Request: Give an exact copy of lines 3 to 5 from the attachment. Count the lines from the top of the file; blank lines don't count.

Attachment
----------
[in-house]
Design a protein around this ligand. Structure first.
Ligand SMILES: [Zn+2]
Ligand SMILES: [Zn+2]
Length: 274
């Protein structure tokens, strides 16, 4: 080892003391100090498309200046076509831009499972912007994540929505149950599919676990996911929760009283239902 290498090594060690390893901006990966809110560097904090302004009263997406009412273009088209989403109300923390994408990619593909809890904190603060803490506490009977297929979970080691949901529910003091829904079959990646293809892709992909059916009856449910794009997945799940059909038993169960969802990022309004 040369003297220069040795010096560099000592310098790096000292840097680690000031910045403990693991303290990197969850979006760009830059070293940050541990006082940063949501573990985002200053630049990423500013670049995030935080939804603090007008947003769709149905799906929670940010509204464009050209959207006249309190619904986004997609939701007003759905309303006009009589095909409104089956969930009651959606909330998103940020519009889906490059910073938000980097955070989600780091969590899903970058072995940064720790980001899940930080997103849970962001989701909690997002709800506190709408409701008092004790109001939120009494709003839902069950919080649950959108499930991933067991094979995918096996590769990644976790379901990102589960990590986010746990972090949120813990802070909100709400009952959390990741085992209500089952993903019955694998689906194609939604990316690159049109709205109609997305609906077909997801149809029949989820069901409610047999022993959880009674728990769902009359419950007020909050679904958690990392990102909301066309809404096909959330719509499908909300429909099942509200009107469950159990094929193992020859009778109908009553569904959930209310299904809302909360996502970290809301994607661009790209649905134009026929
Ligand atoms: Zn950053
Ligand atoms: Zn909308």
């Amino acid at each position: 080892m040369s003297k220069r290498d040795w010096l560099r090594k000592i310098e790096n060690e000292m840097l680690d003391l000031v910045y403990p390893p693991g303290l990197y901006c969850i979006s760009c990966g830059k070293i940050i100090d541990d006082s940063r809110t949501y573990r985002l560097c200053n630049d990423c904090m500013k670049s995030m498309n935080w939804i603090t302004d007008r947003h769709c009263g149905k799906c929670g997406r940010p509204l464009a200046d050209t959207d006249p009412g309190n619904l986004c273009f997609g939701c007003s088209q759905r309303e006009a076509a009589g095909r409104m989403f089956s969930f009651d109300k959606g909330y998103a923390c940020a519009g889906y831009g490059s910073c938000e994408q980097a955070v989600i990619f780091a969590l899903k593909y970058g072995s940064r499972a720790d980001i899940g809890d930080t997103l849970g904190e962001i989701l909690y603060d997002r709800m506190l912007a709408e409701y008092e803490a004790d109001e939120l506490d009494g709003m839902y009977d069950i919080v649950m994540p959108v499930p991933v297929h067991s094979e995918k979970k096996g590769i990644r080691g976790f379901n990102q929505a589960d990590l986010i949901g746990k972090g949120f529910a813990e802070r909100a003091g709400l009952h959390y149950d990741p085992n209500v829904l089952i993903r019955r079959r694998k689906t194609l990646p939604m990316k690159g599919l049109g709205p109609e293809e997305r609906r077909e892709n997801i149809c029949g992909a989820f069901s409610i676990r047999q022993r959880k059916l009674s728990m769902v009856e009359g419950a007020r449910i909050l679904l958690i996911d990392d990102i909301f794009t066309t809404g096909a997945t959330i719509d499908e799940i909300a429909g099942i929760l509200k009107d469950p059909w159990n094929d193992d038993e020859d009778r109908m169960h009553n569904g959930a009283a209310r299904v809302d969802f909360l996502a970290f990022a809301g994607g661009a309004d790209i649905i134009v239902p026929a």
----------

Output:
Ligand SMILES: [Zn+2]
Ligand SMILES: [Zn+2]
Length: 274